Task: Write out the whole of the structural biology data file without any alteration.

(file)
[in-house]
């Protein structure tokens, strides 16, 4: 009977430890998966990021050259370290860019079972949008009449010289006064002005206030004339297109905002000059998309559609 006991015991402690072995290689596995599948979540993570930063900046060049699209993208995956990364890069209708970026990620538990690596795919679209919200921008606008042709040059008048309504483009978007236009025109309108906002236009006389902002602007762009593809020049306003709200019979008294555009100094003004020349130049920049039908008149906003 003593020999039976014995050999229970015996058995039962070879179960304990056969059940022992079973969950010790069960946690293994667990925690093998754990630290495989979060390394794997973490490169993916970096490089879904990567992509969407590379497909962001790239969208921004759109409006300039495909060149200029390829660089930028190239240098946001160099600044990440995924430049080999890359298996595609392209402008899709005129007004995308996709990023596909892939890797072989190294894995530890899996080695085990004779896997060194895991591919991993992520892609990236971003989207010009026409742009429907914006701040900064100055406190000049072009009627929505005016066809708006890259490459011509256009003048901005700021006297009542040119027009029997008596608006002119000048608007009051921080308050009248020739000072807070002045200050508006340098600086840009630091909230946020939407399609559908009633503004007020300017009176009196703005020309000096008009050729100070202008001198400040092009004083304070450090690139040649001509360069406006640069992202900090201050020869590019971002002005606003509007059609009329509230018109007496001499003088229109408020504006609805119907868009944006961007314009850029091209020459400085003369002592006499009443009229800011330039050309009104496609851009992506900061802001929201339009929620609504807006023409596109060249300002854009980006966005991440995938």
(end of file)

[in-house]
């Protein structure tokens, strides 16, 4: 009977430890998966990021050259370290860019079972949008009449010289006064002005206030004339297109905002000059998309559609 006991015991402690072995290689596995599948979540993570930063900046060049699209993208995956990364890069209708970026990620538990690596795919679209919200921008606008042709040059008048309504483009978007236009025109309108906002236009006389902002602007762009593809020049306003709200019979008294555009100094003004020349130049920049039908008149906003 003593020999039976014995050999229970015996058995039962070879179960304990056969059940022992079973969950010790069960946690293994667990925690093998754990630290495989979060390394794997973490490169993916970096490089879904990567992509969407590379497909962001790239969208921004759109409006300039495909060149200029390829660089930028190239240098946001160099600044990440995924430049080999890359298996595609392209402008899709005129007004995308996709990023596909892939890797072989190294894995530890899996080695085990004779896997060194895991591919991993992520892609990236971003989207010009026409742009429907914006701040900064100055406190000049072009009627929505005016066809708006890259490459011509256009003048901005700021006297009542040119027009029997008596608006002119000048608007009051921080308050009248020739000072807070002045200050508006340098600086840009630091909230946020939407399609559908009633503004007020300017009176009196703005020309000096008009050729100070202008001198400040092009004083304070450090690139040649001509360069406006640069992202900090201050020869590019971002002005606003509007059609009329509230018109007496001499003088229109408020504006609805119907868009944006961007314009850029091209020459400085003369002592006499009443009229800011330039050309009104496609851009992506900061802001929201339009929620609504807006023409596109060249300002854009980006966005991440995938």